Dragon's LairDragon's Lair was one of the first laserdisc video games, released June 1983 by Cinematronics. It featured polished Disney-like animation created by former Disney animator Don Bluth, for the first time allowing players to control a fully realized character, as opposed to a pixel-based sprite, which at the time were comparatively limited in the amount of detail they could sport.
The game's enormous contrast with other arcade games of the time created a sensation when it appeared, and was played so heavily that many machines often broke due to the strain of overuse. It was also arguably the most successful game on this medium and is aggressively sought after by collectors.
Dragon's Lair began as a concept by Rick Dyer, president of Advanced Microcomputer Systems. A team of game designers created the characters and locations, then choreographed Dirk's movements as he encountered the monsters and obstacles in the castle. The art department at AMS created storyboards for each episode as a guide for the final animation.
The game was animated by veteran Disney animator Don Bluth and his studio. Development was done on a shoestring budget, cost $1 million dollars and took seven months to complete. Since the studio couldn't afford to hire any models, the animators used photos from Playboy magazines for inspiration for the character Princess Daphne. The animators also used their own voices for all the characters instead of hiring actors in order to keep costs down.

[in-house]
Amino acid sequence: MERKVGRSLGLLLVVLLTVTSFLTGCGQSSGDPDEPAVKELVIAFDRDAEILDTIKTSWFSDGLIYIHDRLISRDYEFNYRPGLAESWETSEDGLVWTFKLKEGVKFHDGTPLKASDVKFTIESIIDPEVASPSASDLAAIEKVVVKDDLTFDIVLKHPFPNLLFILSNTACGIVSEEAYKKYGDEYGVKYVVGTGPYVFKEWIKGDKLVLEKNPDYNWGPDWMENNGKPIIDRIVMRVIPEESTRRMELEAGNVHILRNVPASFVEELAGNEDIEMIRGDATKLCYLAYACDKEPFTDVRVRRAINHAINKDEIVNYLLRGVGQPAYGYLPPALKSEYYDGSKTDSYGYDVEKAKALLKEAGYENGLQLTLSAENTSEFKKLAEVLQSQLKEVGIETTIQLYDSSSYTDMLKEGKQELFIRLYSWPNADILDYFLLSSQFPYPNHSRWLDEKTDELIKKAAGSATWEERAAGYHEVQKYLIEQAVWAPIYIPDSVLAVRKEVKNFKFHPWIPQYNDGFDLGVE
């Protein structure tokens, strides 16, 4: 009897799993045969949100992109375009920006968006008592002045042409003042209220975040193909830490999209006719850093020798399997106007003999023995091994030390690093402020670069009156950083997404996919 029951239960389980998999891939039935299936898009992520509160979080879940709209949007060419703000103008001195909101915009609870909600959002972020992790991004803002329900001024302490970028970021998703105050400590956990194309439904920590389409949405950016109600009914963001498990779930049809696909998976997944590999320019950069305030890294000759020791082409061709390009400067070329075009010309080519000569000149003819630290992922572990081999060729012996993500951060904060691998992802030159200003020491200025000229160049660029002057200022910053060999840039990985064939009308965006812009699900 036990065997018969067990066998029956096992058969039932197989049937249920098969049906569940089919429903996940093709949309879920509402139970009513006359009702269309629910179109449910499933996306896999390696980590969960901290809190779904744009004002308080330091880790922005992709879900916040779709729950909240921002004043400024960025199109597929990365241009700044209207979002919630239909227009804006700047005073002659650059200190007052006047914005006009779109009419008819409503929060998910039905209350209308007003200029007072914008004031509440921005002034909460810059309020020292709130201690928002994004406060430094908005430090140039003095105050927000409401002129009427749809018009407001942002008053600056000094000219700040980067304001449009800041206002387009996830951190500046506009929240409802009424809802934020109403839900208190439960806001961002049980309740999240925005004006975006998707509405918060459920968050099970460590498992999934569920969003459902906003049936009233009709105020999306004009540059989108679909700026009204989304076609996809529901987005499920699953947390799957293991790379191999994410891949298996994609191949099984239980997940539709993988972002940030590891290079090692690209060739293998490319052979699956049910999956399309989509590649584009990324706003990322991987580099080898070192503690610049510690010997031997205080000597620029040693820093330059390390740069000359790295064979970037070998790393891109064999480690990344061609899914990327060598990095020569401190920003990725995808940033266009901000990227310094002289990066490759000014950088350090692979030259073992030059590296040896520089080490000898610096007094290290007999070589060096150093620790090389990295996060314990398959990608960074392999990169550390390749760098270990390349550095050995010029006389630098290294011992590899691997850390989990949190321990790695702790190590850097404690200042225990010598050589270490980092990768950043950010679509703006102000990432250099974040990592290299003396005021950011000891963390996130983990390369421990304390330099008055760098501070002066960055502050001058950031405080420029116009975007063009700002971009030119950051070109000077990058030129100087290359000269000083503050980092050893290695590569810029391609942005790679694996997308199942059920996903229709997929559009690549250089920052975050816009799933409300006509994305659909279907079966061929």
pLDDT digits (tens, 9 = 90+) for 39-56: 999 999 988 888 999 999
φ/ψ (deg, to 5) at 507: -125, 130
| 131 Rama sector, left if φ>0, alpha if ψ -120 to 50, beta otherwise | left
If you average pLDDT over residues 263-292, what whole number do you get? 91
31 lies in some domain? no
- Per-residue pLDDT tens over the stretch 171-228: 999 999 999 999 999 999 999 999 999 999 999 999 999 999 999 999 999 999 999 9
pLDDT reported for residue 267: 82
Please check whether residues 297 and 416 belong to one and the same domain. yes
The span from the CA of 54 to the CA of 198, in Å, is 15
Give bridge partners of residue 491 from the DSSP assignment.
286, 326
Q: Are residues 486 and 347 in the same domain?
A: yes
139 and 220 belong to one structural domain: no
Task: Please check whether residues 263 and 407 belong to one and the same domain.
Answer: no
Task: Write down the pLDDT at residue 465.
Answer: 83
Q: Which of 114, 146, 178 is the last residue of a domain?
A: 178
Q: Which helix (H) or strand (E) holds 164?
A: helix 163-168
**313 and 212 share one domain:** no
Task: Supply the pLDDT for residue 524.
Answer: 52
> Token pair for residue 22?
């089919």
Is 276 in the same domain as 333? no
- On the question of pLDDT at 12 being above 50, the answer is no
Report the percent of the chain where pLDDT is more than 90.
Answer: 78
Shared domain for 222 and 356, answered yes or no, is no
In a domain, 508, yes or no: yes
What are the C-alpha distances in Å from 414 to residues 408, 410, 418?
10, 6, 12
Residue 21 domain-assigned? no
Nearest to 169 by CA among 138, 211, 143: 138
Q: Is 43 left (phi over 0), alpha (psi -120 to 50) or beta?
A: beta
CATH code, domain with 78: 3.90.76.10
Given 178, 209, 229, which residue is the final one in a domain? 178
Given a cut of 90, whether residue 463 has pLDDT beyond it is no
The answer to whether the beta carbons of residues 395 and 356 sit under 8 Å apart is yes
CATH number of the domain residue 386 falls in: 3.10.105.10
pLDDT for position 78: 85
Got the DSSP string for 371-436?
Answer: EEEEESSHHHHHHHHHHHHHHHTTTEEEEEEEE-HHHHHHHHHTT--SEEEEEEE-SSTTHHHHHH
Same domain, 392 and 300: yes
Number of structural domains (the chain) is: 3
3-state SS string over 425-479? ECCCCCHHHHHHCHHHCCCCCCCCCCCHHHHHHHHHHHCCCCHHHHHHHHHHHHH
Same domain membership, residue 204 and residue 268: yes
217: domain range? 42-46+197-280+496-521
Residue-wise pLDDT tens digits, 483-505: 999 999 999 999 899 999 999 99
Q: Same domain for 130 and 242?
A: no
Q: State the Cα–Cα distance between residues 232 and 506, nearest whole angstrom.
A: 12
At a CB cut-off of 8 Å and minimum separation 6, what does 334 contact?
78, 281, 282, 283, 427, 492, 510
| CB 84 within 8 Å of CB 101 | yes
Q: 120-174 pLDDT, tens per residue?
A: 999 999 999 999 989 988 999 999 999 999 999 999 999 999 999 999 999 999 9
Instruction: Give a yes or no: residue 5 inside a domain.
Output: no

Because of the involvement of veteran Disney animator Don Bluth, the artwork in Dragon's Lair, such as this frame of Princess Daphne, was the highest quality ever seen in an arcade game when it was released.
The original laserdisc players shipped with the game (Pioneer LD-V1000 or PR-7820) often broke under the strain imposed by play (the game skipped tracks to display what happened based on the players' actions). Though the Pioneer players were fine in quality, laserdisc players just weren't built to undergo the strain Dragon's Lair imposed. The fact that the game was immensely popular and almost continuously played didn't help matters. As a result, the player often had to be repaired or replaced.
It is rare to find a Dragon's Lair game intact with the original player. A kit is available (Hi-Tech Card) that allows replacement of the rather fragile Pioneer player with a modern Sony LDP series laserdisc player.